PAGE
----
Dirk Brantl and Daniel Eggers
In this paper I examine how Hobbes’ philosophy can be read from an Arendtian perspective. I argue that Arendt provided two different interpretations of Hobbes: one set down in The Origins of Totalitarianism, where Hobbes is depicted as the spokesman of the emerging bourgeoisie; and another that she developed later, scattered among various texts such as The Human Condition and Between Past and Future. I focus on this second interpretation and on her analysis of concepts such as common sense, authority and sovereignty. Firstly, I examine how she changes the meaning of common sense, and how this shift is linked to what Arendt understands by the expression “estrangement from the world.” Secondly, I explain how Hobbes redefined the concept of authority and how his notion of sovereignty deliberately conflated the dual concepts of authority and power.
This review traces recent developments in German Hobbes scholarship. Relevant publications are discussed along three major fields of inquiry: Hobbes and Liberalism, Hobbes on Politics and Religions, and Hobbes on the Passions, Politics, and Education.
Pufendorf, Christian Thomasius, and Hegel
This article analyses how the reception of Hobbes in Germany in the seventeenth and eighteenth centuries was determined within the context of the Holy Roman Empire. It argues that it is precisely this context that forms the peculiarities of the Hobbes reception in Pufendorf, Thomasius, and Hegel. It thereby offers a new way of viewing the development of the particular political theories of these three figures and their relationship to the English philosopher’s political thought.
Cosmology and Artifice
This paper seeks to examine two moments of the subject’s identification with substance in modernity, namely, the body in Hobbesian philosophy and the individual substance in Leibnizian thought. In Hobbes, to be a subject signifies to be subjected (to imaginary space, to the movements transmitted by means of shock, as well as to the sovereign), so that the body-substance is characterized by not having in itself its principle of movement. In Leibniz, for his turn, a subject (understood as substance) is that which contains in its own nature everything that can be truly predicated about it, implying that it is the foundation and principle of its own activity, or, in a word, it is self-sufficient. Nonetheless, although Hobbesian body is characterized by its inertia and Leibnizian substance by its self-sufficiency, it is my purpose to indicate that the former is more crucial than the latter to the constitution of the modern conception of subjectivity, i.e., of the subject as the center of action and as a founding power, capable of establishing a new order by its decision. This is not possible in Leibnizian philosophy, for, according to it, human activity, like that of any other substance, consists solely in the actualization of the divine plan of the best of all possible worlds.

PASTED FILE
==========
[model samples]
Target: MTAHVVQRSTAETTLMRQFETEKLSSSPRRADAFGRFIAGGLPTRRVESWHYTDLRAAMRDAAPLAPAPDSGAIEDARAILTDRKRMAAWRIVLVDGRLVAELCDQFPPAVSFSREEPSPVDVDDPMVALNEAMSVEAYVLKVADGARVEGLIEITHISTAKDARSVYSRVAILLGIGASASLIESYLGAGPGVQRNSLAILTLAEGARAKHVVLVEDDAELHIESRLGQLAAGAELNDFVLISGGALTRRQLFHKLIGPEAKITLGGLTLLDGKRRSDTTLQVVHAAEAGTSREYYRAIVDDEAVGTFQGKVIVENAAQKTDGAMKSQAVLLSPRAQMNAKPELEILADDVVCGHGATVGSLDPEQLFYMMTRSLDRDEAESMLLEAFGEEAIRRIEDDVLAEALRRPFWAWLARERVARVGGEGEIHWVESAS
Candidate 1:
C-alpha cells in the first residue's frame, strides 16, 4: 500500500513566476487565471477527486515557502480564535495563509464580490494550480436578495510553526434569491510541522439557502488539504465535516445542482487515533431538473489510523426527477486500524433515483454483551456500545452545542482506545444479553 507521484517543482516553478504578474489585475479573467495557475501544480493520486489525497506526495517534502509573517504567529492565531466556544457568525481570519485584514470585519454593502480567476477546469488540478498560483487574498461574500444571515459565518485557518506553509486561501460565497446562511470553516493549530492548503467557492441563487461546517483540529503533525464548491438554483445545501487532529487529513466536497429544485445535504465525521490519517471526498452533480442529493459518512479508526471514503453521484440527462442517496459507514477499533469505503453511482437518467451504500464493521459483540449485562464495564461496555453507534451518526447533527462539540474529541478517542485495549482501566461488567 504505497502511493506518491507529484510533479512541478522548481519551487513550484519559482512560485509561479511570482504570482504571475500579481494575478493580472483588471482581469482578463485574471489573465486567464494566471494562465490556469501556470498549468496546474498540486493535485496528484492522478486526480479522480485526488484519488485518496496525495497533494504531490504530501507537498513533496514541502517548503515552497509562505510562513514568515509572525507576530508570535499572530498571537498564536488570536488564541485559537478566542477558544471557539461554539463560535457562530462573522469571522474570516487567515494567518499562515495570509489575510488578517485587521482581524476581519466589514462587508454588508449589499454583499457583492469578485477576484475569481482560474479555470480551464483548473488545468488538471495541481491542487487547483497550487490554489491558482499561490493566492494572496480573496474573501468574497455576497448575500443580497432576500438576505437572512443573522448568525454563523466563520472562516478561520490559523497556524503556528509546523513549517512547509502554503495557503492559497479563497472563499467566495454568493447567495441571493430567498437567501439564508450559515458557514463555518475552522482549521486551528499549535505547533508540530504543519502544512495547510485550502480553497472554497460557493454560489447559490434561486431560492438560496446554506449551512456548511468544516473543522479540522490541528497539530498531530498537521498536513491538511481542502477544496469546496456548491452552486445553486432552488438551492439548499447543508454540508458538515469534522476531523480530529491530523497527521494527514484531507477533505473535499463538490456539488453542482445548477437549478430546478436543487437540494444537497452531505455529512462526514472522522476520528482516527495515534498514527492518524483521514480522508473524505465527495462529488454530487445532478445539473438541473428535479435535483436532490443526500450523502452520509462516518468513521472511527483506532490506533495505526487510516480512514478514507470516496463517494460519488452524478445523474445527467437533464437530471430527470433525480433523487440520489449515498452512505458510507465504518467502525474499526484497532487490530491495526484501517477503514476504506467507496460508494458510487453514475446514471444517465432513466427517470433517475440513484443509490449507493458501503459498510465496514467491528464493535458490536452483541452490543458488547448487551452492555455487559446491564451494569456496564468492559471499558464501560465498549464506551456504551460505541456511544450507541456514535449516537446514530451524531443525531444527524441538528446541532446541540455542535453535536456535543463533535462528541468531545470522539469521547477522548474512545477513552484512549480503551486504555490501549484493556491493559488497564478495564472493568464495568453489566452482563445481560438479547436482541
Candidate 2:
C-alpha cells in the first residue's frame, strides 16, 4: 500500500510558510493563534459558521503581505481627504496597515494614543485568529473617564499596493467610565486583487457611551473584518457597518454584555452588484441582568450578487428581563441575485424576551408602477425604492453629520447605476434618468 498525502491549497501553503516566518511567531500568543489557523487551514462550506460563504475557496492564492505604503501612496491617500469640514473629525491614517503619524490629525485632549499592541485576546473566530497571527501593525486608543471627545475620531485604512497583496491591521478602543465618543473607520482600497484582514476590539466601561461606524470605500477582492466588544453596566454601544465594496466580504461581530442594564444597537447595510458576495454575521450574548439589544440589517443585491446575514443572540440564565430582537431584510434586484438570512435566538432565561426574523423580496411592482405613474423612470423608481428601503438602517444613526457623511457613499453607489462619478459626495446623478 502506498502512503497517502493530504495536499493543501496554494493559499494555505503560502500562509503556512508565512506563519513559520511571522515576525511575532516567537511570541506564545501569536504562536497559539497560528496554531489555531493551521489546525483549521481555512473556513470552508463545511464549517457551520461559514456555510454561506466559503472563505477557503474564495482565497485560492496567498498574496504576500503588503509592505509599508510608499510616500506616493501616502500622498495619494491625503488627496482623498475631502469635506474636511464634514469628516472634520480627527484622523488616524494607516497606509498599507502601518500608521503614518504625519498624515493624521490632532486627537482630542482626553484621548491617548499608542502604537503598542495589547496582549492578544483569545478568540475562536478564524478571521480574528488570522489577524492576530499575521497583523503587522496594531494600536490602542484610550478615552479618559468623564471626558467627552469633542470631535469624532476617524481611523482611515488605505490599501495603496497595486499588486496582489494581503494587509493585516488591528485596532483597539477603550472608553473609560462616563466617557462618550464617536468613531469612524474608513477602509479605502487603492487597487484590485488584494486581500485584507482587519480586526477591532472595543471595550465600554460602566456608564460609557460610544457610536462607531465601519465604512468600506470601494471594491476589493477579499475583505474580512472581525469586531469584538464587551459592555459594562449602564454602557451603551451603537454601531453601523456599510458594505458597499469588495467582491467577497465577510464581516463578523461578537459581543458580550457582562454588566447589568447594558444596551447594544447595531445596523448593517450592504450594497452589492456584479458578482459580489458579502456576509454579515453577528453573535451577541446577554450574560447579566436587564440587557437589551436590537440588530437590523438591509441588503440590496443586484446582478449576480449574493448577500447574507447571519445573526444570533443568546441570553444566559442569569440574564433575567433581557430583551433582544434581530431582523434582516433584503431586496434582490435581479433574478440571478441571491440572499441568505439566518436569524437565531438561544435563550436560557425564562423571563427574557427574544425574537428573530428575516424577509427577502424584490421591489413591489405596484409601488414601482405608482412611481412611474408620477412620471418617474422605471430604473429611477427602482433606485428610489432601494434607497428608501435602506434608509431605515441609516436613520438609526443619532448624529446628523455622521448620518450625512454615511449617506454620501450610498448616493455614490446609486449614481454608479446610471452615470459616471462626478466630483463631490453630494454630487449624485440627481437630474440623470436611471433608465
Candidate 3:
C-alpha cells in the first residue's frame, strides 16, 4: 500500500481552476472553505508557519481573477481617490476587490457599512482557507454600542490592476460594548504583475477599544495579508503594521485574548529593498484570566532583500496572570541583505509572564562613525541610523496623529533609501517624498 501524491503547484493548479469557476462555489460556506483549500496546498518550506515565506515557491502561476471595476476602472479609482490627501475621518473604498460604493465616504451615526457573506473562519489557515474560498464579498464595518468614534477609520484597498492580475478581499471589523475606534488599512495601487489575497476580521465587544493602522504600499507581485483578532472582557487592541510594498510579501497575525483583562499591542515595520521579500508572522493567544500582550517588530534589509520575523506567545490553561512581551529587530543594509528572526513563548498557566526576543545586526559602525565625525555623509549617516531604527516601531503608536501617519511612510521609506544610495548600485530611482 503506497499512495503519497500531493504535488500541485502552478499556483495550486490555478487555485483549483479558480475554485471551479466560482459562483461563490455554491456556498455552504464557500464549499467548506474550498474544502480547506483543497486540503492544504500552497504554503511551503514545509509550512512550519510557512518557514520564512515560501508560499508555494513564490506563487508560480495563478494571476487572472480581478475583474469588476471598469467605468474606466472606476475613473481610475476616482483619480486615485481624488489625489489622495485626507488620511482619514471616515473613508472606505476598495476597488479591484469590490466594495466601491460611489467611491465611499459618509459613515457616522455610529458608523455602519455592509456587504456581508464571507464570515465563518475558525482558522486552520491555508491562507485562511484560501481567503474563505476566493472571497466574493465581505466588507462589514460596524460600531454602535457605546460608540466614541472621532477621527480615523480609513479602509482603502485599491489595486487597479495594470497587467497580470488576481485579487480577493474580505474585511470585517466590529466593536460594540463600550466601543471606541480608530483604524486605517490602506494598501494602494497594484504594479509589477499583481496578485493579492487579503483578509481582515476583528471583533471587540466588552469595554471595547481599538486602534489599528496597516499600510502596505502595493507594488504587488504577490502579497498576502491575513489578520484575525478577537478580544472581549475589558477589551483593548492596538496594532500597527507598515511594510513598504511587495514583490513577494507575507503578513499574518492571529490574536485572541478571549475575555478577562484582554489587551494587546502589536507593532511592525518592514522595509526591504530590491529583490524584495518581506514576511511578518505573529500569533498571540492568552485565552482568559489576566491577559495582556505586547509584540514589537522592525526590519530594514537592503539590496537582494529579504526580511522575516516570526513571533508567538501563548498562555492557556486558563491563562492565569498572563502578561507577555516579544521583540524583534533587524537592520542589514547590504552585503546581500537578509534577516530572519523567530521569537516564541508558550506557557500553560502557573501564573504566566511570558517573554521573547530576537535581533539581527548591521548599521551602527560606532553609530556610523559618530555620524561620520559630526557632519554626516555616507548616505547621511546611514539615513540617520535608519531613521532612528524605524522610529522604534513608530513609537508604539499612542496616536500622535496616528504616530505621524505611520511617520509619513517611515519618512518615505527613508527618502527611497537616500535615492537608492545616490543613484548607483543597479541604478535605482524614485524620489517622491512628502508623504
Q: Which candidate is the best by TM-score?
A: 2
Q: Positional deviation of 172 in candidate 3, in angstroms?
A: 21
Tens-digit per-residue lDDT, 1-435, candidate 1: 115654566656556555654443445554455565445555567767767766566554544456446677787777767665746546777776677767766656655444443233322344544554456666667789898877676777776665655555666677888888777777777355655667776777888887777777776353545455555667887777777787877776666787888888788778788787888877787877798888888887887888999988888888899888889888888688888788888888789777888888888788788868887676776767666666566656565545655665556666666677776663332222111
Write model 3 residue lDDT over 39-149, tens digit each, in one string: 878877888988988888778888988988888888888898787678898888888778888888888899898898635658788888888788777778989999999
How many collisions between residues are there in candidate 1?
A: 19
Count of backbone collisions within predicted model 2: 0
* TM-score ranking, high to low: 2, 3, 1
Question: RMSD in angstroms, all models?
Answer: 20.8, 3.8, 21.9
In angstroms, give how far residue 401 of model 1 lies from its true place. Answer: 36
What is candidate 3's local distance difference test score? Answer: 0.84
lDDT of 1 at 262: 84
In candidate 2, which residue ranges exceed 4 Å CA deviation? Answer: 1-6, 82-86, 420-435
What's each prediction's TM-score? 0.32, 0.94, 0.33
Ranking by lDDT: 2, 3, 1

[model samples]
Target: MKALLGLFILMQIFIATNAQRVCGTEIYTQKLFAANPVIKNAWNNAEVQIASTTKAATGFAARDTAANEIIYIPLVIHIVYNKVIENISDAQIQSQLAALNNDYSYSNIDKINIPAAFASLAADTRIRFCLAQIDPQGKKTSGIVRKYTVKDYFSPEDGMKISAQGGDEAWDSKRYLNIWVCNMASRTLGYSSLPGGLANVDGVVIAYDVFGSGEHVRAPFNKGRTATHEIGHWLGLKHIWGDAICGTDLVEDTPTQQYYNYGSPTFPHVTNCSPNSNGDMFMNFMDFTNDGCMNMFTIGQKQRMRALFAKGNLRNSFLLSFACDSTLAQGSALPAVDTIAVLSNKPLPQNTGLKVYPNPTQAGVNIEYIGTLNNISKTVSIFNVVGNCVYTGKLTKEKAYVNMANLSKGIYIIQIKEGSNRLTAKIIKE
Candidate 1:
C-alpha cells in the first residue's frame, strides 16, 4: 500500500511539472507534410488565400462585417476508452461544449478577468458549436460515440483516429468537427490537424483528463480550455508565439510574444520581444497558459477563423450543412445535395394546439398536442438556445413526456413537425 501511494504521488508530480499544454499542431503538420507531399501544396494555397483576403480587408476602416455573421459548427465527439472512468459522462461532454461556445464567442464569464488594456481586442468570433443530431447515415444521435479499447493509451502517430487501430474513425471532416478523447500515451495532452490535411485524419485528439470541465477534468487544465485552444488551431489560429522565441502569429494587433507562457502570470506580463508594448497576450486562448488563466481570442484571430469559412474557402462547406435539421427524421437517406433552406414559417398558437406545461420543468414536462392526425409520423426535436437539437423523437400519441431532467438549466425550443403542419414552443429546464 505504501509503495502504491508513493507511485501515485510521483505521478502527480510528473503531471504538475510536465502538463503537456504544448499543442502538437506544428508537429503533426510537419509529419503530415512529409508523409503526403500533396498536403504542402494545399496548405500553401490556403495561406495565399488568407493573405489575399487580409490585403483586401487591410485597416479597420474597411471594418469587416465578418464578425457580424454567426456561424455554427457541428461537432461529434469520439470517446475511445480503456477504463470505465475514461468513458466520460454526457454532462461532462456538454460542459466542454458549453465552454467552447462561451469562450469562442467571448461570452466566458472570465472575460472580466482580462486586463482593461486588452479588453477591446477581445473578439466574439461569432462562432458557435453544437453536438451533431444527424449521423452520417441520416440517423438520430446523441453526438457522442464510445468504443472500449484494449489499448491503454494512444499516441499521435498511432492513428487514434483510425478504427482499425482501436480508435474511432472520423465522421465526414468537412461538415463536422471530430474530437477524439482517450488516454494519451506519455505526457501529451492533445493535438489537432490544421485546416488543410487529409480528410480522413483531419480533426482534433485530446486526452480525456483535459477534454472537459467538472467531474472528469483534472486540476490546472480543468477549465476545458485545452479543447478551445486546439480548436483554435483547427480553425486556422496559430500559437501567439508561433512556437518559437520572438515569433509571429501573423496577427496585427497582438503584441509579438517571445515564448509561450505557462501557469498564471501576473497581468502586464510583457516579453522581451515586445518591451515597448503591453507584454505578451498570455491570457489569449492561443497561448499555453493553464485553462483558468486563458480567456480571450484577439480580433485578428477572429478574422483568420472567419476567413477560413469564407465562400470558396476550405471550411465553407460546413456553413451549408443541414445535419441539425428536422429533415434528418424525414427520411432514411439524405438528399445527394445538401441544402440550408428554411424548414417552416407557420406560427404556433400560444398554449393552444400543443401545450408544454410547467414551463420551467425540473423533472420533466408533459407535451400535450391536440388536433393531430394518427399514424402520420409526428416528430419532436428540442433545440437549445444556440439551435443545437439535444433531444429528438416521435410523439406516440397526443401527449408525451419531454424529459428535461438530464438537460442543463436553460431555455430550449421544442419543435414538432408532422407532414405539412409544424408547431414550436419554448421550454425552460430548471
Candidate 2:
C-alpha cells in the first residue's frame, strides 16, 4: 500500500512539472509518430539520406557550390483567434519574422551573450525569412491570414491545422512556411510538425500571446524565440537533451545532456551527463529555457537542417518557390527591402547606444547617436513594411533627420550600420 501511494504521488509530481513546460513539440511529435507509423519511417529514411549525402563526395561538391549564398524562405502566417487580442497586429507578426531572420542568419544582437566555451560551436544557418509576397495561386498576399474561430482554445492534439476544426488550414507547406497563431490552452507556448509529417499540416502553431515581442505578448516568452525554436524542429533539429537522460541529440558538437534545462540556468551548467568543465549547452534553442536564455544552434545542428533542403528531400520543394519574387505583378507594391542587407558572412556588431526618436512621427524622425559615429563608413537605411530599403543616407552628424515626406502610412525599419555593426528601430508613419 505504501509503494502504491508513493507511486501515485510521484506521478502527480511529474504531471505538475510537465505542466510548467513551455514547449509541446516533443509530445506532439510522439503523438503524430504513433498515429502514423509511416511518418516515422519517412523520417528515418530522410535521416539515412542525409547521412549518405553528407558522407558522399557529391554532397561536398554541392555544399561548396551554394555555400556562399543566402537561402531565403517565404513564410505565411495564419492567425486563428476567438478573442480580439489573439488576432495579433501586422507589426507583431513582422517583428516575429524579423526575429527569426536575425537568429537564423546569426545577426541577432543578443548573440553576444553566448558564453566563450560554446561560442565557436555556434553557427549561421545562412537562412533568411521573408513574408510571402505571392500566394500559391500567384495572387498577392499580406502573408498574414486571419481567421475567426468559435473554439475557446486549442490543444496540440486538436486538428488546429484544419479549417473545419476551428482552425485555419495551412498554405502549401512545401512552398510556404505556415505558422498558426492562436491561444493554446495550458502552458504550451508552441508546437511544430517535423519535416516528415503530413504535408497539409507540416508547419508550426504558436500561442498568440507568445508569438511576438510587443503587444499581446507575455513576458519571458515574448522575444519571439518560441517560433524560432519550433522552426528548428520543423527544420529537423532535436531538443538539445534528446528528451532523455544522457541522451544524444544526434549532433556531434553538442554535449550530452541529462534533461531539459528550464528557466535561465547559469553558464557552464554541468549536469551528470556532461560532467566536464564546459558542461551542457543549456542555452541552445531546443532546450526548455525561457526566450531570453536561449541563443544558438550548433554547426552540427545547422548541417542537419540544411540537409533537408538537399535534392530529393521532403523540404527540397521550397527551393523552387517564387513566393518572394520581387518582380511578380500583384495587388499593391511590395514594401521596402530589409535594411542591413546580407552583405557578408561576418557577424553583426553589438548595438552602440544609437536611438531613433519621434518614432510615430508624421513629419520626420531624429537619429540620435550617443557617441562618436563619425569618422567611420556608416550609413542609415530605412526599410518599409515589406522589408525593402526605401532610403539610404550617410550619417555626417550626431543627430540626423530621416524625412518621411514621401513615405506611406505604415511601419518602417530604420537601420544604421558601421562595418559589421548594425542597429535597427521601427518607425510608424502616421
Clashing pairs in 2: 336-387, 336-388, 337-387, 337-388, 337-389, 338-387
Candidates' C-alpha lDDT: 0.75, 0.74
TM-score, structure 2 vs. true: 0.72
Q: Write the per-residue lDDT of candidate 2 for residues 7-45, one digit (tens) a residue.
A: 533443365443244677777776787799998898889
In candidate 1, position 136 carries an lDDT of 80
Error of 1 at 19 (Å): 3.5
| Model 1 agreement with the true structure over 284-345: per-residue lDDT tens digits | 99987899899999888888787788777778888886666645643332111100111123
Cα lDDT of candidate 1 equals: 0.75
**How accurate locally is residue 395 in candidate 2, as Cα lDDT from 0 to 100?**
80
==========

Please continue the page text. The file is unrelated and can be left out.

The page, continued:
Thomas Hobbes on Spiritual Possession and (Civil) Exorcism
Ismael del Olmo
The aim of this paper is to trace Thomas Hobbes’s arguments for the rejection of spiritual possession in Leviathan (1651). Several layers of Hobbes’s thought converge in this subject: his suggestion regarding the sovereign’s right to control religious doctrine; his mechanistic critique of incorporeal substances; his tirade against demonology and Pagan philosophy; his ideas about fear and the natural seeds of religion; his Biblical criticism. Hobbes’s reflections over the matter of spiritual possession allowed him to simultaneously attack institutionalized and charismatic supernatural experiences, rejecting on Biblical as well as philosophical grounds the possibility of demonic and divine possession. This assault on traditional pneumatology led him to new interpretations of the notions of spirit and immateriality, a core element in Leviathan’s resignification of the interaction between nature and supernature. The paper will address Hobbes’s call for a civil exorcism―political, exegetical, and philosophical―against the spiritual powers that possess the Commonwealth.